Select out: Why selection often goes wrong and what to do about it

By Adrian Furnham

The process of selecting people, in business as in social relationships, tends to focus on the “good” characteristics we are looking for. However, as Adrian Furnham points out in this intriguing article, we would be well advised also to look out for those “dark-side” traits that could well give problems further down the line.


We like to think of ourselves as insightful, shrewd and perspicacious judges of others. Through our many life experiences, nearly all of us believe we can accurately assess others’ ability, personality and motivation. Hence, we earnestly think we are rather good at the whole business of selection.

The data would suggest otherwise. Think first about the divorce statistics. Most of us spend some considerable time, effort and money gathering data on a potential mate, yet something like 40-50% of marriages fail. The stats are little better on the appointment of senior managers, of whom similar numbers fail and derail. The data on CEO derailment and failure is astonishing, particularly considering the effort that went into recruiting and selecting them. So what goes wrong?


Three Crucial Issues

First, selection involves both “select-in” and “select-out” – looking for characteristics you want and, more importantly, don’t want. It is the failure to do good select-out work which means that potential derailers get overlooked (see diagram). Select-out criteria are often thought of as “not enough” of the select-in criteria, rather than something different.  If people are asked to list a number of characteristics they do not want in an individual, they usually have no difficulty in answering, but these are not always covered in the competencies. This topic will be addressed in detail.


Second, when selecting for particular competencies or traits (teamwork, innovativeness), many assume more is better (linearity), rather than a more cautious curvilinear approach (optimal amount).   The psychological concept of abnormality implies extremes of normality. Thus, while high self-esteem is good and healthy, this might tip over into subclinical narcissism and then clinical narcissism. Being rated as a very strong team player may indicate someone who “hides” in teams and is dependent, rather than independent. A “strong analytic thinker” may easily suffer from “analysis paralysis”. Someone who is rated as a mover and a shaker may be dysfunctionally impulsive and a bully. A leader praised for their emotional intelligence and empathy may be unable to make tough, but necessary, people decisions.

Third, when an analysis of failed and derailed leaders is made, there is a consistent and, for many, surprising finding: that there were many early biographical markers of their future failure. That is, when looking back, there were clear indicators of the traits that later proved so crucial in leading to derailment. This suggests that selection may well be advantaged by the use of biographical or biodata instruments. In short, the past is a very good predictor of the future.


The Dark Side

Over the past 15 to 20 years, there has been great interest in the relationship between what have been called the dark-side traits and work failure, rather than the bright-side traits and work success.

Psychologists are interested in personality traits, psychiatrists in personality disorders.  Both argue that the personality factors relate to how people think, feel and act. It is where a person’s behaviour “deviates markedly” from the expectations of the individual’s culture that the disorder is manifested.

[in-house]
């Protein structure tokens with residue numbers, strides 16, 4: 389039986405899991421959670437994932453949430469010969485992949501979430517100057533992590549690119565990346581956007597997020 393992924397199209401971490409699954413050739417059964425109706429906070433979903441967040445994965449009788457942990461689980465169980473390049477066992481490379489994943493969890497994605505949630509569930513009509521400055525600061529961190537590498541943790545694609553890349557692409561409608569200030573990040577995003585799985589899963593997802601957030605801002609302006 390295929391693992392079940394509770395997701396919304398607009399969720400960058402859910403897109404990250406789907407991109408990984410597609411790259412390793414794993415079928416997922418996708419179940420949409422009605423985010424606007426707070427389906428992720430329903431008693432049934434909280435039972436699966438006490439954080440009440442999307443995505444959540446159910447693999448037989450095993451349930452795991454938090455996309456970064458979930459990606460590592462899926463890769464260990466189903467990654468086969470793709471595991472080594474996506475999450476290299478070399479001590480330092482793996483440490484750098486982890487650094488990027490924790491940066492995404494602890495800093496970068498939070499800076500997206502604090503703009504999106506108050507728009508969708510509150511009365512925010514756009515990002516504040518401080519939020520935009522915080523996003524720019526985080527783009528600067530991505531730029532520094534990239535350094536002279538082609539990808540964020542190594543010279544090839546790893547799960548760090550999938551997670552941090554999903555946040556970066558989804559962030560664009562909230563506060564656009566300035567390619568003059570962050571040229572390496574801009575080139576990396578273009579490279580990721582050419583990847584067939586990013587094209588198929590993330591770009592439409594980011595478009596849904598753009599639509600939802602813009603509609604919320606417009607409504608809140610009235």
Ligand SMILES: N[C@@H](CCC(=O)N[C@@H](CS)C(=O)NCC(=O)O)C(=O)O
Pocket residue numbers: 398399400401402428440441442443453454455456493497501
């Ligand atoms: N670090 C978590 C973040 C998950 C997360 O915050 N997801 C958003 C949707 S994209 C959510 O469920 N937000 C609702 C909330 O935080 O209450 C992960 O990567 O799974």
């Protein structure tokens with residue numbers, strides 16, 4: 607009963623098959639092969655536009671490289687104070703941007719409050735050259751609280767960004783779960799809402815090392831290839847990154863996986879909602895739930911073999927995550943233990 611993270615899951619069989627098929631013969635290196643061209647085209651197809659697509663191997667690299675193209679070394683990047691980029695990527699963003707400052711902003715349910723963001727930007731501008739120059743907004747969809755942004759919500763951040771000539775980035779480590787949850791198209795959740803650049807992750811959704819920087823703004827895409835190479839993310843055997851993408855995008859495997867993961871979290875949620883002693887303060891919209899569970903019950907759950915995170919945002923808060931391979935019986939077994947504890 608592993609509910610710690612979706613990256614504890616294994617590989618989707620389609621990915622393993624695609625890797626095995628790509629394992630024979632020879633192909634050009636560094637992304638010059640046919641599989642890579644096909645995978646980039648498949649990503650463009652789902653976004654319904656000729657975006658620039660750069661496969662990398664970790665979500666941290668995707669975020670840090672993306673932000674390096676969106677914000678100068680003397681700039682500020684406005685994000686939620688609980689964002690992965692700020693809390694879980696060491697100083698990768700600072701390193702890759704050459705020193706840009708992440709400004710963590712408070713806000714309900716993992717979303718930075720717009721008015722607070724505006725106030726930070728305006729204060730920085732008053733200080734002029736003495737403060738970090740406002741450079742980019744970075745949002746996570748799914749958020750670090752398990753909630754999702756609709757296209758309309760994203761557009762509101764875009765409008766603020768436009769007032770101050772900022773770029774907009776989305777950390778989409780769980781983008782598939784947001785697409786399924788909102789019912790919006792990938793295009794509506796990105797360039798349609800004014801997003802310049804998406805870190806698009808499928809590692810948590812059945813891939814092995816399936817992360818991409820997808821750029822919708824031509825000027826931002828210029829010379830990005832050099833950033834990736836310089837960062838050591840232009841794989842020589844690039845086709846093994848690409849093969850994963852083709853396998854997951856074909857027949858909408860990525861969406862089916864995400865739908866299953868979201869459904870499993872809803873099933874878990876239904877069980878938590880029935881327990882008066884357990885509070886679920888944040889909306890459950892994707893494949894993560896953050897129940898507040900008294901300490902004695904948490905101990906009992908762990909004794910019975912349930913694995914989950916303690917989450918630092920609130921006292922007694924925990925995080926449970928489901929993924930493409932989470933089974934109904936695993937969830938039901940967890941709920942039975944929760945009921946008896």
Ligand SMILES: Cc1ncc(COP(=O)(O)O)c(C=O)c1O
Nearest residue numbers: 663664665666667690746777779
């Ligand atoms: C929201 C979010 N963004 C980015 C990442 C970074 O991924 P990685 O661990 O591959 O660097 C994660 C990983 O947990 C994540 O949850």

One of the most important ways to differentiate (normal) personal traits/style from personality disorder is flexibility. There are lots of difficult people at work, but relatively few whose rigid, maladaptive behaviours mean they continually have disruptive, troubled lives. It is their inflexible, repetitive, poor stress-coping responses that are marks of disorder.

But it is not an “all-or-nothing” situation; everything is on a continuum from normal to abnormal. There are degrees of abnormal, such as, for example, low self-esteem (SE), average SE, high SE, subclinical narcissism, clinical narcissism.

Personality disorders influence the sense of self – the way people think and feel about themselves and how other people see them. The disorders often powerfully influence interpersonal relations at work. The antisocial, obsessive-compulsive, passive-aggressive and dependent types are particularly problematic in the workplace. People with personality disorders have difficulty expressing and understanding emotions. It is the intensity with which they express them and their variability that makes them odd. More importantly, they often have serious problems with self-control.

At the simplest level, there are three “give-away” markers of potential derailing disorders. First, the ability to form and maintain happy healthy relationships at, and outside, work. Is there evidence that an individual is liked, trusted and supported by a friendship network that is stable over time?

Second, are they sufficiently self-aware about themselves, their abilities, how others experience them, how healthy their life-style is, and how “normal” their reactions are? A great deal about coaching and therapy is about helping people understand themselves. Many failed CEOs were clearly deluded about their abilities, which may have served them well for some time (pathological high self-esteem), but derailed them in the end.

Third, can they deal with change? We learn nothing from success, except to keep repeating the behaviour, but we can learn a lot from failure. Learning new skills, new behaviour routines is not easy, particularly as one gets older. The fragile are not agile. And yet, being flexible, adaptable and able to negotiate around new and complex issues is at the heart of being successful.


Assessing the Dark-Side, Select-Out Variables